Susan Cummins has been involved in numerous ways in the visual arts world over the last 35 years, from working in a pottery studio, doing street fairs, running a retail shop called the Firework in Mill Valley and developing the Susan Cummins Gallery into a nationally recognized venue for regional art and contemporary art jewelry. Now she spends most of her time working with a private family foundation called Rotasa and as a board member of AJF and California College of the Arts.
New Zealand jeweler Craig McIntosh is breaking all the stone-carving rules by turning the method around from a reductive process to an additive one. He works in a land where stone carving is a strong tradition, so this could be upsetting. His new show at The National in Christchurch gives us an idea of what this means.
Susan Cummins: You are a carver of stone and a maker of small objects and jewelry, similar to the Japanese craftsman who makes netsuke. What is your connection to that, and how did you get here?
Craig McIntosh: I was introduced to netsuke in the late 90s. I produced and exhibited a small amount of netsuke alongside making jewelry ’til about 2004. If you’re interested in carving, there is so much that can be learned from looking into netsuke—in fact, I don’t think I would make the jewelry I make now, or understand as much about working on a small scale, if I hadn’t explored netsuke.
But it became problematic. The more I became involved with making jewelry, and considering jewelry and its relationship to identity—particularly here in Aotearoa, New Zealand—the less appropriate it felt to be making something from somebody else’s culture. So I stopped, and have been focusing on making jewelry since. I think it has been one of the most rewarding decisions I have ever made.
Is your carving all accomplished by hand, or do you use technological assistance?
Craig McIntosh: It depends on the material, and what I’m trying to achieve. All the stonework is done using a combination of machines and some handwork with abrasives. Softer materials like wood, bone, and some plastics are partially machine cut, then worked with chisels and other cutting tools that I make myself. I don’t have any kind of prejudice against using technology. It mostly comes down to access to it and affordability.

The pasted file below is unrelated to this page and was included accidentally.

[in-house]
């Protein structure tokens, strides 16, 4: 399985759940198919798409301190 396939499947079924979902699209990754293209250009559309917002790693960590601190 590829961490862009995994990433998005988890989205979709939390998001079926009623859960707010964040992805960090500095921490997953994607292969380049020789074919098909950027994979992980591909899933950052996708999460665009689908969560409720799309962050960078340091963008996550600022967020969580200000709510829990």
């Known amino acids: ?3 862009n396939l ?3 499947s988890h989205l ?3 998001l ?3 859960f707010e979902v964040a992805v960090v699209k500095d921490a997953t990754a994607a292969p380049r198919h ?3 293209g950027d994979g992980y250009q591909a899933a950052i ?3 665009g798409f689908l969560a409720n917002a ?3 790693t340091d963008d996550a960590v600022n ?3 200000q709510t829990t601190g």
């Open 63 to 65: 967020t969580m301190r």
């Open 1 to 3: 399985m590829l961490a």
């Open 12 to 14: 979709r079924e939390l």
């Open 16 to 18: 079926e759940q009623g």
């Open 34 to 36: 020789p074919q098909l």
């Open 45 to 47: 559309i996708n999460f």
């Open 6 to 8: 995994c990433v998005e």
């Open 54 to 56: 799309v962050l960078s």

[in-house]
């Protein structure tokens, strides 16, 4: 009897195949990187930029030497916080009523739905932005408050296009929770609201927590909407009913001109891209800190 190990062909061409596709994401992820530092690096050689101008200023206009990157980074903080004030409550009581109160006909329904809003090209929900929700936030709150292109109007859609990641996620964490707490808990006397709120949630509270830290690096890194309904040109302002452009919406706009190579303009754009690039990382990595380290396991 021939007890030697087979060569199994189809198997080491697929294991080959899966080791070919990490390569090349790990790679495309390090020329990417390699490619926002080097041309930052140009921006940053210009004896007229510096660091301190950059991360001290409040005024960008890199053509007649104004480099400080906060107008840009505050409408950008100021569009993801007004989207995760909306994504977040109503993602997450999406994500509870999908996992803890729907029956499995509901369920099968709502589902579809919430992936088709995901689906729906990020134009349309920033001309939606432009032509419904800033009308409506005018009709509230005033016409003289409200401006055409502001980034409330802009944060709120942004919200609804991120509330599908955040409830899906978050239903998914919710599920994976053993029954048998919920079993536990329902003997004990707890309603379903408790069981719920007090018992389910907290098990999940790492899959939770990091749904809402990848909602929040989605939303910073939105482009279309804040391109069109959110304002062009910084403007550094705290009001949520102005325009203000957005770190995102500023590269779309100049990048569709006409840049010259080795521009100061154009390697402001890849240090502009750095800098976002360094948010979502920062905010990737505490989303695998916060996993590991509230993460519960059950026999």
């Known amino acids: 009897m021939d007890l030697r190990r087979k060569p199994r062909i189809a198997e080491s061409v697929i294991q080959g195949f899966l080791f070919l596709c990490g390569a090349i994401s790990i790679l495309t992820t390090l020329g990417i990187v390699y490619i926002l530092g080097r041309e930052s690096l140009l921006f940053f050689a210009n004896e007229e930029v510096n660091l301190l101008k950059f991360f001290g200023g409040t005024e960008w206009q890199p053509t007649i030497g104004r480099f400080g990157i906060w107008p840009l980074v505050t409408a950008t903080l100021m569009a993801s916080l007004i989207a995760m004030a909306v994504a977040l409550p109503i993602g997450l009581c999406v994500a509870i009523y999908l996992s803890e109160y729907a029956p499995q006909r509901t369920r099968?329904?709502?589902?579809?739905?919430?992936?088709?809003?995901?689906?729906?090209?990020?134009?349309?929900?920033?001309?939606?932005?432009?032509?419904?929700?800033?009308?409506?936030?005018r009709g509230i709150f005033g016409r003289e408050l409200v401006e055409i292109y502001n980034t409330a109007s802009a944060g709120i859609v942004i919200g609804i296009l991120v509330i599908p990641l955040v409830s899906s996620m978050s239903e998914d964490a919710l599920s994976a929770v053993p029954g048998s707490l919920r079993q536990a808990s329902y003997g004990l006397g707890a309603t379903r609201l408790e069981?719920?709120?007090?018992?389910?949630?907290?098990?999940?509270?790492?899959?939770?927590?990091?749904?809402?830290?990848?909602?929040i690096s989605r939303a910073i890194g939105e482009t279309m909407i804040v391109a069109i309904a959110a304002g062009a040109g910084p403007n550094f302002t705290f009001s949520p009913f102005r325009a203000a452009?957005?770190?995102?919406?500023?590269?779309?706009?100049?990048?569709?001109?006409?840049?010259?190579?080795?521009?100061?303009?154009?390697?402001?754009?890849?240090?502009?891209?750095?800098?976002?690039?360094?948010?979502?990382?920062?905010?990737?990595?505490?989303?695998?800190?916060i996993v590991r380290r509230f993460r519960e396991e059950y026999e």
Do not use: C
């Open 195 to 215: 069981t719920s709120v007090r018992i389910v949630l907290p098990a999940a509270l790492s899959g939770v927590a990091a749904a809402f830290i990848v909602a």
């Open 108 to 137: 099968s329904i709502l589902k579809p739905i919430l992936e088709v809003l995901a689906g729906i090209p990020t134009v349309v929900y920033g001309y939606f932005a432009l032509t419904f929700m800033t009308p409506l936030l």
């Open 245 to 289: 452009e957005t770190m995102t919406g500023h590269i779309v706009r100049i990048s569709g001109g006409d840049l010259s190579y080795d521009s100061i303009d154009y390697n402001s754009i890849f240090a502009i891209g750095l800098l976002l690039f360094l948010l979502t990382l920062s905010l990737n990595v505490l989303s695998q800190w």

Craig McIntosh: The MFA project is about making jewelry. I’ve been concentrating on using and developing a methodology around fabrication with stone for the past couple of years, rather than being locked in and relying on a completely reductive process, which most makers use when they work stone. I’ve been interested in chopping stone into small components, then using engineering adhesives to assemble them. These forms then get carved back into or re-cut and re-assembled. I think developing this way of working has been incredibly beneficial to my practice; it allows a lot more freedom to improvise with process and material. And it lets me relatively quickly build up form and idea. It has changed the way I consider making jewelry and using material.
What ideas are you working with for this show at The National?
Craig McIntosh: The work for the show in The National is a component of the wider MFA project. The focus for this body of work was surface. The marks created by the diamond burrs during the cutting of the stone haven’t been sanded or polished out. In some of the pieces, I’ve emphasized the marks by rubbing paint into them. On others, once the surface has been ground, the form has then been sandblasted. The sandblasting actually retains the machine mark; it hollows it out. Sandblasting also reacts with the physical characteristics of the stone. Hard and soft areas in the material are exaggerated, giving some interesting results. It opens up a whole other way of seeing stone, and looking at what is possible when using the material in a jewelry context.
This kind of approach is normally considered bad practice here in Aotearoa. The more established way of working is to sand and remove the burr or machine mark, then apply a high glossy polish or what I would call a refined matte surface, where everything is even, smooth, no abrasive mark is visible even through a magnifying eye piece. It’s overworked. This isn’t intended as a criticism about working this way. It has its place. It’s more that I personally began to find this way of working restrictive, and it closed off too many possibilities.
In 2010 you were exploring discarded objects as mementos. Can you describe those ideas? Are you finished with those concepts now?
Craig McIntosh: Sometimes I think we take for granted, or don’t consider, the significance of things that are a part of our everyday lives … I don’t think I will ever be finished with those concepts.
Craig McIntosh: Carving is everywhere here. There’s an incredibly rich history of carving being used to produce adornment in Aotearoa, and it’s impossible for me to think about New Zealand jewelry without carving being here in some way.
What qualities distinguish New Zealand jewelry?
Craig McIntosh: For a small place, Aotearoa has an incredibly diverse range of jewelry practices. I actually wouldn’t like to say “This is what.” To anybody interested in understanding what is happening with jewelry in Aotearoa, I would suggest looking at the Wunderrūma exhibition (curated by Karl Fritsch and Warwick Freeman) or getting their hands on a copy of the catalog. It shows an excellent cross section of what’s happening here.
Who do you look to for inspiration?
Craig McIntosh: Tom Curren, the surfer and musician.
What have seen, heard, or read recently that you would like to recommend?
Craig McIntosh: I read Place and Adornment by Damian Skinner and Kevin Murray a few weeks ago. It’s worth reading!!